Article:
Why Swedish Death Cleaning Is A Gift For Everyone

Why “Swedish Death Cleaning” is for everyone – seniors, divorcing couples, empty nesters and high school graduates 

Last year I was able to experience the process of “Swedish Death Cleaning.” I went through belongings I’d saved, all of my drawers and deep into my closets. Among the things I threw away were my Girl Scout sash, my prom corsage, my retainer, and old love letters. As I prepared to move out of our family home, I had the opportunity to revisit my childhood, identify the items that were important and gave my daughters the opportunity to lay claim to my belongings while alive and healthy.  

Like the clients we work with, I was both saying goodbye to my old life and preparing for my new one. Sorting through a lifetime of belongings brought a mix of emotions the hardest – saying goodbye to a life I expected to live and also confronting the fact that one day I would depart this earth and leave my daughters. 

During my “Do You Own Your Stuff or Does Your Stuff Own YOU” talk, there is almost always an audience member who jokes they are going to leave their stuff for their adult children to deal with. I hope this article changes your mind.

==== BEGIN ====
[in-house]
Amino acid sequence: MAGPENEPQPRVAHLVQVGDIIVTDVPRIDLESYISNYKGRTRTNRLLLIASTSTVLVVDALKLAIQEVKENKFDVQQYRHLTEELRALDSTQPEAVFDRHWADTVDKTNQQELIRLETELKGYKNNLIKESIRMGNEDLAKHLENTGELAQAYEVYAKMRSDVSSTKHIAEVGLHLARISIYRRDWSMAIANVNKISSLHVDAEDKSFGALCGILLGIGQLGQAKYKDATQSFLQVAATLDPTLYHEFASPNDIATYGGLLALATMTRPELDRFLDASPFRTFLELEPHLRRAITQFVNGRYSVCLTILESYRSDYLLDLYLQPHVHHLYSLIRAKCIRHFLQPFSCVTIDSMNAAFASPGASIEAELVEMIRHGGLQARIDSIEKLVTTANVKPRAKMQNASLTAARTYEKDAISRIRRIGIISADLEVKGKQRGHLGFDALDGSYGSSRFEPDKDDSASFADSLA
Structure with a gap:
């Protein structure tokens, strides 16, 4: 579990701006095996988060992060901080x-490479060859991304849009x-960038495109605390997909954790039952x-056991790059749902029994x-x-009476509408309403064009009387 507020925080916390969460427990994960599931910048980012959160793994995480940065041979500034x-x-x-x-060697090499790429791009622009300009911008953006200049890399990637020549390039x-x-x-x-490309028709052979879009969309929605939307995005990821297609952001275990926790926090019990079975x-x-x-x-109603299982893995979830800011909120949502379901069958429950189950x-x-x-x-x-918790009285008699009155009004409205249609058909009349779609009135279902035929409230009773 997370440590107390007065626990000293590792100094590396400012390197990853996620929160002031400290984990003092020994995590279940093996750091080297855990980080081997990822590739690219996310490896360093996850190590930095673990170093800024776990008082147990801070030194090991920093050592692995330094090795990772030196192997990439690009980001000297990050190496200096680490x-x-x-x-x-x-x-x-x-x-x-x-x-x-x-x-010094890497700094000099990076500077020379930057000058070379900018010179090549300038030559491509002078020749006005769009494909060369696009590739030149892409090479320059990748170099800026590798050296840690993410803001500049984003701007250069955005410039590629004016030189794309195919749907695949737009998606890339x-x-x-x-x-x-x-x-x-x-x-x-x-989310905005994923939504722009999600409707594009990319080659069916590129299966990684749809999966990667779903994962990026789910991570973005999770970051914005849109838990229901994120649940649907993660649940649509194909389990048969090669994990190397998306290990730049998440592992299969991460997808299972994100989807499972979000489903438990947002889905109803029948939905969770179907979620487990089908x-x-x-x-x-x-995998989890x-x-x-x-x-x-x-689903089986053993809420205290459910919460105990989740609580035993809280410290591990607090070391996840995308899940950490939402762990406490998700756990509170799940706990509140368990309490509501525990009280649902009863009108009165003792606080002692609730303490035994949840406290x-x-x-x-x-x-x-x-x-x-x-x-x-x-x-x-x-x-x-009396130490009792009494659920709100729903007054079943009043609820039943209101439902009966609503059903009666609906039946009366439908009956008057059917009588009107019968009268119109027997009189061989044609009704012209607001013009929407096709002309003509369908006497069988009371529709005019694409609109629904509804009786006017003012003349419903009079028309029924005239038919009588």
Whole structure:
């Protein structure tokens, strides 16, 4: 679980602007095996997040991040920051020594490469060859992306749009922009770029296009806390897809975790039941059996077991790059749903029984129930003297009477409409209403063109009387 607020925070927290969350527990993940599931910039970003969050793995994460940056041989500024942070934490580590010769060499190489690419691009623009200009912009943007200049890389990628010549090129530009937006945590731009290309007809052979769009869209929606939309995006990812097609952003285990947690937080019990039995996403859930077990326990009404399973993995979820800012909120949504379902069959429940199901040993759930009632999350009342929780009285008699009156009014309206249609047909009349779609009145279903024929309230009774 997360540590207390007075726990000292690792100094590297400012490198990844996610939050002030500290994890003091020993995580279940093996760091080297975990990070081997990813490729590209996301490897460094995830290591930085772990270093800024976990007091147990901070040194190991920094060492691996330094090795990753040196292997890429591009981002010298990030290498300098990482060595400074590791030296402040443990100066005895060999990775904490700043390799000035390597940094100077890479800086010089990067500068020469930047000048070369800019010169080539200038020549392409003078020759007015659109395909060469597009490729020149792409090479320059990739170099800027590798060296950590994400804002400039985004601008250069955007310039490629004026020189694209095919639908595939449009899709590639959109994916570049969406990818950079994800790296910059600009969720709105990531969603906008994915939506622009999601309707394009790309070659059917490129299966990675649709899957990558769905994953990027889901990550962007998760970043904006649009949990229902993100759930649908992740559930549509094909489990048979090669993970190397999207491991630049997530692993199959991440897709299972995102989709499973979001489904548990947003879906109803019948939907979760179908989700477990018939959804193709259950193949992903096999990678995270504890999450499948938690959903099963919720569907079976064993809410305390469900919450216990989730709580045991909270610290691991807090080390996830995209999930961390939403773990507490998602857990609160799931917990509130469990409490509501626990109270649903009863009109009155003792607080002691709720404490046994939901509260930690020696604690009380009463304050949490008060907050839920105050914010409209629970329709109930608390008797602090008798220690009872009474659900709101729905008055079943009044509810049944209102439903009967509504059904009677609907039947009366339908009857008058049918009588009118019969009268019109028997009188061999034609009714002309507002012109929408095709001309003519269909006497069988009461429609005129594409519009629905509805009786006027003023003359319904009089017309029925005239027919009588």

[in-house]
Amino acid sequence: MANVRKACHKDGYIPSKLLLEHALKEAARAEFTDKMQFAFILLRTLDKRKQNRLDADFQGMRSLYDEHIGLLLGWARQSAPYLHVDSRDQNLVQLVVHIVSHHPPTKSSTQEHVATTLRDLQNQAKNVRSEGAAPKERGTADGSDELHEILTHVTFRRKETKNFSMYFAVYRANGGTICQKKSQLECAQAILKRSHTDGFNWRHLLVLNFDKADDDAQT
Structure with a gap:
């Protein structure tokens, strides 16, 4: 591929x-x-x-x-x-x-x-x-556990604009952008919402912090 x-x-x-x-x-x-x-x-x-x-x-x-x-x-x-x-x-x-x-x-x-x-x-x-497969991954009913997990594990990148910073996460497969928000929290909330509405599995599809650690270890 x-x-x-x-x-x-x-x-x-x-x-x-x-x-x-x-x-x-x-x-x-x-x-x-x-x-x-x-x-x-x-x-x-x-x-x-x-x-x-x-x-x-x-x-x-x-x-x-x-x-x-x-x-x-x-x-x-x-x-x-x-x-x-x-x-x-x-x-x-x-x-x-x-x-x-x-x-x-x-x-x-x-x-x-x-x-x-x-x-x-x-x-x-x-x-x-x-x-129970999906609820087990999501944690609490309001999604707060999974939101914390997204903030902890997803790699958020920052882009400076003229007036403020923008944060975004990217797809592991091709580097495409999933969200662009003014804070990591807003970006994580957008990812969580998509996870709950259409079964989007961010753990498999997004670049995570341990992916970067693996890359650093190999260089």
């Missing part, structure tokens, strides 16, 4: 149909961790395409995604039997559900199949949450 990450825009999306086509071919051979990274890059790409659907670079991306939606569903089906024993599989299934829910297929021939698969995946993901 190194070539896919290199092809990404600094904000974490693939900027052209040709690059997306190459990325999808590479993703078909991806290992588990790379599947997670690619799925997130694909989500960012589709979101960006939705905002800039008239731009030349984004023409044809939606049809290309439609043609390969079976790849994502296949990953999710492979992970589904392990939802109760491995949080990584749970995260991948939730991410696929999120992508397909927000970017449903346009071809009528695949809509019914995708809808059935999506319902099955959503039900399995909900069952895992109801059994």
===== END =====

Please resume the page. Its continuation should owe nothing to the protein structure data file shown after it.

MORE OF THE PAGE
With both personal and professional experience, I wanted to share some key things I’ve learned along the way. These tips interweave, the current trend of “Swedish Death Cleaning” (from Swedish words meaning “standing” and “death“) emerging as a result of adult children facing the task of going through their parents belongings (after a death or when the parents are downsizing) and realizing they don’t want to leave the daunting task to their own children. 

Tips to get started on Swedish Death Cleaning: 

Document Passwords and Logins: Make sure all of your passwords and usernames are written down and in one place. Remember to let somebody know how to access this information. There are sites that will store your passwords too like LastPass which offers a free version.

Divide Belongings and Clearly Identify Who Gets What: Go through your belongings and do a photographic inventory of anything you want to go to loved ones. As someone who had a personal experience after my grandmother’s sudden death, leaving clear direction will save your grieving loved ones from many unnecessary battles. Make sure you make notes about any items of value so they can be sold for their value and won’t be accidentally discarded. There are software programs like Fairsplit.com you can use to create these inventories and assign belongings.  

Make sure and visit storage units and attics and include these items in the inventory.  

Uncover Hidden Belongings: Many people, especially the Greatest Generation hide valuables in case of burglaries. While it’s a good idea to hide valuable belongings and not keep them in obvious spaces like underwear and sock drawers, it’s important to identify for a trusted family member or friend what you’ve hidden and where. Perhaps store this information with passwords.

“Re-gift Belongings”: If you are going to someone’s home and would normally take a hostess gift, thoughtfully consider bringing a token of your affection from your personal belongings rather than spending money.  

Create a Memory Book: If you toss belongings, you may find a photograph of the items works well to preserve the memory. You can also create a memory book with these photos.